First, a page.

Potash prices – up or down?

Here are two stories from reputable websites on potash prices- OK, Reuters is probably a better news site than the other one, but . . . .  One story is forecasting lower (Reuters), the other higher (the other one) than we’ve seen in a decade.

So, who do you believe?  Who is right?

Well, first consider the source of the story itself and then who is being quoted.  One is a major potash buyer forecasting lower prices – it’s better for them – and one is a potash exploration level company forecasting higher prices trying – it’s better for their stock price.

In a way, they’re both right – but both may be stretching the truth a little for their own good.  It’s just one forecast is short term (low) and the other long term (higher).

Here are the two stories.

Eric

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Tue Jun 28, 2016 6:02am EDT

India expects potash miners to offer decade-low price after Belarus deal

MUMBAI | BY RAJENDRA JADHAV

Reuters

Leading global potash producers, including Russia’s Uralkali, are likely to supply the crop nutrient to India at the same price Belarus agreed, a key Indian negotiator with overseas suppliers told Reuters.

Belarus on Monday agreed to sell 700,000 tonnes of potash to Indian Potash Limited (IPL) at $227 per ton, the lowest price in a decade.

“Uralkali has very good relations with Indian buyers. We are hopeful that it will agree to $227,” said P.S. Gahlaut, managing director of IPL, the country’s biggest importer.

The contract price with Belarus is too low, and Uralkali, the world’s biggest potash producer, is not yet ready to sign a potash supply contract with India, said a company spokesman.

“We cannot offer a higher price to any supplier. If they insist, then we can postpone purchases,” Gahlaut said.

Usually, the first contract is signed by a major producer and then it becomes a benchmark for other miners. In the past, all suppliers have agreed over the price negotiated in the first contract.

This year, the price agreed upon by Belarus is a third lower than last year, and a few suppliers feel it is too low.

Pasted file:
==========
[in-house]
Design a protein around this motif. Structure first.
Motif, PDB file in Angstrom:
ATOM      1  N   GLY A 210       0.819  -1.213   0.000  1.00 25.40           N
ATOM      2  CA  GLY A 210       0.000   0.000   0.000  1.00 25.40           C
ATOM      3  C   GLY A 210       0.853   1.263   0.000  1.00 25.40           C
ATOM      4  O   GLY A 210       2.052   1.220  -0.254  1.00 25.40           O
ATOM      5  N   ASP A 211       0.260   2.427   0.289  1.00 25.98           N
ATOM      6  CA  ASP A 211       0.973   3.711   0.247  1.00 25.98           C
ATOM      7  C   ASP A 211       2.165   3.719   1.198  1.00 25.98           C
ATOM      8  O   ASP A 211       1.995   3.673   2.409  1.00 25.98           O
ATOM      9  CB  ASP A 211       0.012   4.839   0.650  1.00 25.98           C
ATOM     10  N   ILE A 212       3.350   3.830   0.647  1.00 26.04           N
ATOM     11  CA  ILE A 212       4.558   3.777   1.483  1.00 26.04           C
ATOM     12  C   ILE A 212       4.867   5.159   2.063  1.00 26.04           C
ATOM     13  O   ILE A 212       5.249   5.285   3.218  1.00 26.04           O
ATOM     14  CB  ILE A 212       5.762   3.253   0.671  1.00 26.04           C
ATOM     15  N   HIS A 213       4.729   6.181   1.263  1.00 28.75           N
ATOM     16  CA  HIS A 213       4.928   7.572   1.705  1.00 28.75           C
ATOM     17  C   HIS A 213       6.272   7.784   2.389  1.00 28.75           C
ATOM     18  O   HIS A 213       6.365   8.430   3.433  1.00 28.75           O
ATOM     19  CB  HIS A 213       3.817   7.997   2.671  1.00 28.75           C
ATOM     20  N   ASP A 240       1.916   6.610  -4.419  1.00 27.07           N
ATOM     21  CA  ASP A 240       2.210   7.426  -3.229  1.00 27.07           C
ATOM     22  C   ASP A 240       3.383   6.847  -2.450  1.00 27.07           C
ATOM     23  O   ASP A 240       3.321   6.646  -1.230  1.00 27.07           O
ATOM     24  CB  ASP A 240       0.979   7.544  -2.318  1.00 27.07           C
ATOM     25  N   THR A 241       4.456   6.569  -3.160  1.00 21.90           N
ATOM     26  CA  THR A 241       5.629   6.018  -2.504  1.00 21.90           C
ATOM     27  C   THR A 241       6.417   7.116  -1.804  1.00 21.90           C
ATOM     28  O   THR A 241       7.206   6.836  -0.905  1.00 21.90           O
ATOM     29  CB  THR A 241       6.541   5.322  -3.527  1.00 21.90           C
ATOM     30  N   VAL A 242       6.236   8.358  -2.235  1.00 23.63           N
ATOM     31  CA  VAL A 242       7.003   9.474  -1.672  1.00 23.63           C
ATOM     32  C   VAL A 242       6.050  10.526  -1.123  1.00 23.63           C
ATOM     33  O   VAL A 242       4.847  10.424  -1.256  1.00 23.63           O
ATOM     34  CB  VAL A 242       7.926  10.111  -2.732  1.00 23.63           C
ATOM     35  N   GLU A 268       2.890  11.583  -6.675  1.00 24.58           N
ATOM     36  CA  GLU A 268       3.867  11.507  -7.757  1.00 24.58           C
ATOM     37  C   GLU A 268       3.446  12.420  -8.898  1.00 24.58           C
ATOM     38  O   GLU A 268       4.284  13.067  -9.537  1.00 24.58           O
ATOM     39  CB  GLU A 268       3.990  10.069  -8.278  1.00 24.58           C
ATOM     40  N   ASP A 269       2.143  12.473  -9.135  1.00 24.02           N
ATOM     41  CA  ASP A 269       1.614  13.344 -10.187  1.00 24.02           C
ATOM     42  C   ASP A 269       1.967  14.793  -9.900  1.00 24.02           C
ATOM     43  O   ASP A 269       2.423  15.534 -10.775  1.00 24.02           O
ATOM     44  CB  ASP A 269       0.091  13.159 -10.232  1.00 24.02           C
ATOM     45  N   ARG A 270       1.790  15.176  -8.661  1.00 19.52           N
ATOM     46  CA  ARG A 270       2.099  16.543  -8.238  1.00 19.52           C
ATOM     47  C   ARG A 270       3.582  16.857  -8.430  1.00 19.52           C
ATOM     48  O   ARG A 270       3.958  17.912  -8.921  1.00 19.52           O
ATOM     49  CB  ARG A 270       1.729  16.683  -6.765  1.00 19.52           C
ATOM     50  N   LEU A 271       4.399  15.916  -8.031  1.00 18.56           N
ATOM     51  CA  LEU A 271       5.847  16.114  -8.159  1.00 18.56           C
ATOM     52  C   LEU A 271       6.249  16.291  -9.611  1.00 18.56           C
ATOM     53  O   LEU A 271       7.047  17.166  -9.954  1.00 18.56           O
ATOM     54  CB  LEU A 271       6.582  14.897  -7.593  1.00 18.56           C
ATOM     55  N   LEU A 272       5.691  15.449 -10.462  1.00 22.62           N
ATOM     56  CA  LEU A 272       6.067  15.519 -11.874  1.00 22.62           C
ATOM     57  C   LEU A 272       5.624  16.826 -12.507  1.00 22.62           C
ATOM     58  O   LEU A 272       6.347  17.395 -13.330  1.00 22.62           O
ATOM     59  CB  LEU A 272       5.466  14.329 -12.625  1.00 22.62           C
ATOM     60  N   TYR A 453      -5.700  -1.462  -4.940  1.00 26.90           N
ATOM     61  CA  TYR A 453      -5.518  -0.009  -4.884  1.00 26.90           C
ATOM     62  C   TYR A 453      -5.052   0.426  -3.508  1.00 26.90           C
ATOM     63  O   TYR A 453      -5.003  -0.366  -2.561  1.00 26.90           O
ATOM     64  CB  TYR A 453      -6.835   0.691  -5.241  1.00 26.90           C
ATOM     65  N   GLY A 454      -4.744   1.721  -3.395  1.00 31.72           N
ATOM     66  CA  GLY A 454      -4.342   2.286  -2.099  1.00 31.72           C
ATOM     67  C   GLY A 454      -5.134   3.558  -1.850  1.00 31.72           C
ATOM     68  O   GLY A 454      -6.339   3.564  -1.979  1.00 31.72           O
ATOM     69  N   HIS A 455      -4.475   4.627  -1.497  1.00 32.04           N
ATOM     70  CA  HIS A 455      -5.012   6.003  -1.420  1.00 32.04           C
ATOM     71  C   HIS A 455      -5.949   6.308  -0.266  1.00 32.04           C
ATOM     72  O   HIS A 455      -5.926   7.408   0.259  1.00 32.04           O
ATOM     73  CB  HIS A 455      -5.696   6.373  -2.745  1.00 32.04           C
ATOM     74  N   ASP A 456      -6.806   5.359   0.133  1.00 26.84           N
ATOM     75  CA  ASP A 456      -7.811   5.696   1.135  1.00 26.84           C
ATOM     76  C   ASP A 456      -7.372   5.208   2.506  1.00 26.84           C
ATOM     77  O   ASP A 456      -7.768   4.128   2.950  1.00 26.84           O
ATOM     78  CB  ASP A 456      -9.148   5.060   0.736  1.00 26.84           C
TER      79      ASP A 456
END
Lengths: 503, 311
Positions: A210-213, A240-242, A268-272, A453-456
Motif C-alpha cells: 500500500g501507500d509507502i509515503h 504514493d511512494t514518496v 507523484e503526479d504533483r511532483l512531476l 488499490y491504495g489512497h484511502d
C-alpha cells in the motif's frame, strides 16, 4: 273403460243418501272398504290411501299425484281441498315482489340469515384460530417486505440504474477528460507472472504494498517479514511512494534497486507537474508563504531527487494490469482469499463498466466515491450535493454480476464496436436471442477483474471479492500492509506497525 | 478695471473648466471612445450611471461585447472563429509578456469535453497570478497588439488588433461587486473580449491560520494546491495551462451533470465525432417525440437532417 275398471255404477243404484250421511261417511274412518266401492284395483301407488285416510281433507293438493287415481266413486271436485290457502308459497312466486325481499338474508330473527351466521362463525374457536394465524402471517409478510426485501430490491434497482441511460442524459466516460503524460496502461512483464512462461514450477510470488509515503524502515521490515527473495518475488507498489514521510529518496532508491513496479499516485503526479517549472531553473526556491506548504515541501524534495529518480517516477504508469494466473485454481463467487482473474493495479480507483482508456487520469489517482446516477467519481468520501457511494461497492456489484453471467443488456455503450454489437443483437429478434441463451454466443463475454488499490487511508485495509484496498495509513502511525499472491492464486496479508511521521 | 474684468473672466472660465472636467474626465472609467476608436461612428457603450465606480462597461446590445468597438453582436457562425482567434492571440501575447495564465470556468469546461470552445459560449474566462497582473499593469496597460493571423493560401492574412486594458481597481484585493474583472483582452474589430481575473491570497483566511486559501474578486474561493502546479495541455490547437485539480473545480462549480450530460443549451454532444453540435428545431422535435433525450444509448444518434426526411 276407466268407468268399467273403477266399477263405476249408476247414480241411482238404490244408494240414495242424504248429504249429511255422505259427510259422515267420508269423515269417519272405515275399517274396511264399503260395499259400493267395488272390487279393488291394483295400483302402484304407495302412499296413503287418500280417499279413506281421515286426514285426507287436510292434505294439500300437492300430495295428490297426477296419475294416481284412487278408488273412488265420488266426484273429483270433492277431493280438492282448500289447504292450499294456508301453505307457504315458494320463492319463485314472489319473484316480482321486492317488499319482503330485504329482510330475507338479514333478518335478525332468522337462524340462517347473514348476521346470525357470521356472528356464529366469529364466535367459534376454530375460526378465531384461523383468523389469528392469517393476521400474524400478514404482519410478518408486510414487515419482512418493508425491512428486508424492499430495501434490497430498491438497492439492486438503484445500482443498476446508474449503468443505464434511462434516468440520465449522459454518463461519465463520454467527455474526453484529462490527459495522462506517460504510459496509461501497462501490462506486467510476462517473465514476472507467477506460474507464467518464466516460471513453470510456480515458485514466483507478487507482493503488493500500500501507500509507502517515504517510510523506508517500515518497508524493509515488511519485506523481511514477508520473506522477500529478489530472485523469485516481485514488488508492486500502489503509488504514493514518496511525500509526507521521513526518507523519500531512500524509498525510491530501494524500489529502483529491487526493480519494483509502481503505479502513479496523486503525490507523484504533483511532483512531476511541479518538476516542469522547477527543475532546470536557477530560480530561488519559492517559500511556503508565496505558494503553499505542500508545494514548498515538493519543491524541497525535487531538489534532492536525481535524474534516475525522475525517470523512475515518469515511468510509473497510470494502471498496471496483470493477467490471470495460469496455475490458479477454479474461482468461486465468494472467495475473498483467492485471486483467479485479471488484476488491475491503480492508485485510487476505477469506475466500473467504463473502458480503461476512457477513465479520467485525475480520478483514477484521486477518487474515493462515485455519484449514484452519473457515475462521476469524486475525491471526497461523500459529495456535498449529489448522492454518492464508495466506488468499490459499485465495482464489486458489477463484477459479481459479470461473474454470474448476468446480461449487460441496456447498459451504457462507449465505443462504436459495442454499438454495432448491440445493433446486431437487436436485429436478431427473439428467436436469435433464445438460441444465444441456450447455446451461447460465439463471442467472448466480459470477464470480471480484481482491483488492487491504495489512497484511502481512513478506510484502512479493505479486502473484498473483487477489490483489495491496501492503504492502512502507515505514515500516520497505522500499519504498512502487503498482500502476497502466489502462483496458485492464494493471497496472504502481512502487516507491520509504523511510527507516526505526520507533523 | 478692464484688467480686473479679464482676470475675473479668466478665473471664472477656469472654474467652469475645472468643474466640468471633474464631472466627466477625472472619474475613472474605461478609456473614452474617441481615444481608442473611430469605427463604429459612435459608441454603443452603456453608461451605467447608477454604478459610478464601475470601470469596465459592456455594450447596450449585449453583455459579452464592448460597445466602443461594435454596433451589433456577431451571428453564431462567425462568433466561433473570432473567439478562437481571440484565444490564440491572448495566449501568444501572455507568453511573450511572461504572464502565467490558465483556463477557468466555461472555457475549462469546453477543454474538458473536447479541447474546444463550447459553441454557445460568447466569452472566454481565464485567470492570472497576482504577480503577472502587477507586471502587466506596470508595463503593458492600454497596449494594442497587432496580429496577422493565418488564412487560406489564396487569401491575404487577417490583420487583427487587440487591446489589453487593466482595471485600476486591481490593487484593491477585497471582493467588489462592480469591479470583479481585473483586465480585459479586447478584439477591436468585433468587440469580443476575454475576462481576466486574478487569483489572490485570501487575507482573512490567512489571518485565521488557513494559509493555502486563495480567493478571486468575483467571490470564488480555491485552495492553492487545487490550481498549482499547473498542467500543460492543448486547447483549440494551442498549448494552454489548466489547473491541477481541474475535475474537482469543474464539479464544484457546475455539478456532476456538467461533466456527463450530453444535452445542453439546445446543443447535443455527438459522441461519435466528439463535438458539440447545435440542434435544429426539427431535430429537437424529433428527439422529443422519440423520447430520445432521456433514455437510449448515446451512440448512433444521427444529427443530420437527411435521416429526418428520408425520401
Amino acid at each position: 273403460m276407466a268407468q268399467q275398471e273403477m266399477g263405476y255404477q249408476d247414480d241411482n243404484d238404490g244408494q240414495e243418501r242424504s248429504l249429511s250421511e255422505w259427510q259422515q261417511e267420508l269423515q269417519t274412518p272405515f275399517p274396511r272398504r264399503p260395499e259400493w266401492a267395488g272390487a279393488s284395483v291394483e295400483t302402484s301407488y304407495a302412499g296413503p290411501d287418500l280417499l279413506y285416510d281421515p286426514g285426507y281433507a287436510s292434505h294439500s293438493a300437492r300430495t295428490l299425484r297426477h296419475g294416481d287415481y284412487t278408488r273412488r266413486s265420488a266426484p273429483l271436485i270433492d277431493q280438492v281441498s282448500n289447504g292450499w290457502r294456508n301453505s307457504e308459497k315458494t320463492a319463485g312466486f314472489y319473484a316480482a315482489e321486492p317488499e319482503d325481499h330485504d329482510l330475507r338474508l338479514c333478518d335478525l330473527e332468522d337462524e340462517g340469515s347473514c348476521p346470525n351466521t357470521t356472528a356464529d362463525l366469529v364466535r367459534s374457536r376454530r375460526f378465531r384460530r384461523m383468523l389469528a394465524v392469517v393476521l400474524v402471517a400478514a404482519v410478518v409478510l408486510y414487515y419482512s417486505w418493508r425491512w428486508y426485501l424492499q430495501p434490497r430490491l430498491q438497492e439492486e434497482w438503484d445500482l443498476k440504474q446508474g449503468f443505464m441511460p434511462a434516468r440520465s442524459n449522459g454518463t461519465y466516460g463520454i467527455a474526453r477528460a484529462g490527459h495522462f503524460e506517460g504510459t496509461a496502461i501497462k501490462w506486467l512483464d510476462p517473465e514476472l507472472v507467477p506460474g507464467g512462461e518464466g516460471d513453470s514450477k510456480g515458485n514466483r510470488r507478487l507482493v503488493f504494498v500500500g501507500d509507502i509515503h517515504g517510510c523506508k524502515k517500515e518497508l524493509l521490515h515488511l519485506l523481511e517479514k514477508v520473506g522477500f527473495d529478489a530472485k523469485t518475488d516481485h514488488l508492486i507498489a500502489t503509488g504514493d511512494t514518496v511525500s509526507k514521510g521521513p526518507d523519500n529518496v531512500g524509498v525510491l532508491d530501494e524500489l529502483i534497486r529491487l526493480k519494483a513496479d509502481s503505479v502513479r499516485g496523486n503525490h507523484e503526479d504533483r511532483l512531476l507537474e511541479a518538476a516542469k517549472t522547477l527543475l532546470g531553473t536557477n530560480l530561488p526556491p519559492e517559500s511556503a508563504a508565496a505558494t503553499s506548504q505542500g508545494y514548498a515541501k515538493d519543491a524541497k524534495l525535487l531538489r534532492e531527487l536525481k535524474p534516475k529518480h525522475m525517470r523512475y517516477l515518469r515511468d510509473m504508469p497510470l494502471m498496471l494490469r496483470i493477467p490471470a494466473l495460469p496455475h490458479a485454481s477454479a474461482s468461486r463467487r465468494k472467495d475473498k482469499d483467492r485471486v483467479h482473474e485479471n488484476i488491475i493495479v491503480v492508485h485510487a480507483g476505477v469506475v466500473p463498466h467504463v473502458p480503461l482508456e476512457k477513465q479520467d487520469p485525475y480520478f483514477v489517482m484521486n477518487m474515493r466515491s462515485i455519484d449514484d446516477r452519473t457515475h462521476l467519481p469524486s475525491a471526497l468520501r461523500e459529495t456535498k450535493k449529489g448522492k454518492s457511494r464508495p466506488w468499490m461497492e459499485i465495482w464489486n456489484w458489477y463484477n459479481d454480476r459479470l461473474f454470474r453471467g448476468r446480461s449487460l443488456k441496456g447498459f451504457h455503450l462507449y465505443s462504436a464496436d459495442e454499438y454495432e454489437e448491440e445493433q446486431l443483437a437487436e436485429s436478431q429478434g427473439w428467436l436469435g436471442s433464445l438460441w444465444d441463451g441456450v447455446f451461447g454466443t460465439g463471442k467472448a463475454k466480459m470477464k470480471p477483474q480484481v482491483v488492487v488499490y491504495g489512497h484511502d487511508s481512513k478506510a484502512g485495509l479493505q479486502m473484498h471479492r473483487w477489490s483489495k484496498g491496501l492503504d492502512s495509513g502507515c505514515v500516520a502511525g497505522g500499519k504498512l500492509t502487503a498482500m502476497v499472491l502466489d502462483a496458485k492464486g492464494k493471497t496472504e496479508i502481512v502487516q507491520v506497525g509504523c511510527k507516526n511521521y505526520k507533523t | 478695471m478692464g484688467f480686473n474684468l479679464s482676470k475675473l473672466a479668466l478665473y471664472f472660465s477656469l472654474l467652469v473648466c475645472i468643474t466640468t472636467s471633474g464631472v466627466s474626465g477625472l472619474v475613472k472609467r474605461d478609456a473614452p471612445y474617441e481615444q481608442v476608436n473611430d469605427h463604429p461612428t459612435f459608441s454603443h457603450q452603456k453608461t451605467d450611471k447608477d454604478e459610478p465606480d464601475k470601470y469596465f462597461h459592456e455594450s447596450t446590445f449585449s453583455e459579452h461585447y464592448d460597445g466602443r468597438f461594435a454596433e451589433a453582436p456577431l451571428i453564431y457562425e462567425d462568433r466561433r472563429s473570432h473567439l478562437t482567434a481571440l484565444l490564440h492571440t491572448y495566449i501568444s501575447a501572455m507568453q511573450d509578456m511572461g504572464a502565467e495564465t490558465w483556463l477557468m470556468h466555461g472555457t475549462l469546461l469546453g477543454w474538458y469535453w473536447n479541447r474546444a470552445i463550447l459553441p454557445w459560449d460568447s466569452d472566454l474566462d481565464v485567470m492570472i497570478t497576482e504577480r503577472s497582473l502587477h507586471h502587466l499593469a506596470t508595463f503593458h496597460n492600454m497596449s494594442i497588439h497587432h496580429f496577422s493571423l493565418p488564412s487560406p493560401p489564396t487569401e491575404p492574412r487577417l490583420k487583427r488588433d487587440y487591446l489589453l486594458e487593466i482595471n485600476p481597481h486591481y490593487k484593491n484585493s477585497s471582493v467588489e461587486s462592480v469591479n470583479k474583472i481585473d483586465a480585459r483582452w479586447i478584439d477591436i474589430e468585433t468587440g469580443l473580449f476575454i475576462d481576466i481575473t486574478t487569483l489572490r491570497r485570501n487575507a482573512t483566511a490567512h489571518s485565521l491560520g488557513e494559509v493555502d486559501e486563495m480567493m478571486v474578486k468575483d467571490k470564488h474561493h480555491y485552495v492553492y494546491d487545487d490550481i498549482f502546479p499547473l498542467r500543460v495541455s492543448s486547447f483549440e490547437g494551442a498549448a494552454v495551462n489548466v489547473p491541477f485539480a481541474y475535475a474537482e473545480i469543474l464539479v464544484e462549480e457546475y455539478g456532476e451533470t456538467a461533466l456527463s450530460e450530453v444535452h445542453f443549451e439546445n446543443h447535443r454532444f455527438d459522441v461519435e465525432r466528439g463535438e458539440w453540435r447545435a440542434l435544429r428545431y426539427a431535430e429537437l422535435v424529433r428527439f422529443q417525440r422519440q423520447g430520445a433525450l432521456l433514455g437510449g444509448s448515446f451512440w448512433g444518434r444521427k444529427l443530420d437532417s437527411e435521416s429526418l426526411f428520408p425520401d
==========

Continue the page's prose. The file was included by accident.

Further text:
“Belarus agreed to a lower price in a hurry,” said an official with a leading potash miner.

Major potash suppliers to India include Uralkali, Potash Corp of Saskatchewan, Agrium Inc, Mosaic, K+S, Arab PotashCo and Israel Chemicals.

Indian companies could sign contracts for another 3 million tonnes in the next few weeks, if other suppliers offer the same price, said an official with a Mumbai-based fertilizer company.

Rashtriya Chemicals and Fertilizers Ltd (RCF), IFFCO and Chambal Fertilisers and Chemicals, and Tata Chemicals are among the key potash buyers in India.

India has nearly 1 million tonnes of carry-forward stocks of potash as last year’s drought trimmed consumption, Gahlaut said.

“Carry-forward stocks and the supply of 700,000 tonnes from the new contract are sufficient to cater the demand for next 3-4 months,” he said.

India and China, the world’s biggest fertilizer consumers, usually sign contracts earlier in the year. This year, deals were delayed as high stocks held by farmers meant there was no rush to agree a deal.

India’s deal is a rare instance of the country signing a potash supply contract with a major producer before China.

(Additional reporting by Polina Devitt in MOSCOW; Editing by Sherry Jacob-Phillips)

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Potash price surge could lead to higher food costs for billions

http://www.mining.com/web/potash-price-surge-could-lead-to-higher-food-costs-for-billions/

June 27th 2016

If you can add 200,000 people every day to the global population and account for a significant loss of farmland at the same time, you can begin to understand the dire food situation facing the planet. This is why potash is so important: It’s the fundamental element that everyone takes for granted, despite the fact that a projected 7.7 billion lives will depend upon it by 2020.

No commodity is more fundamental than potash—and there is a lot of pressure riding on an element that many people aren’t even familiar with. Of the key commodities taken for granted, potash is on the top of the list.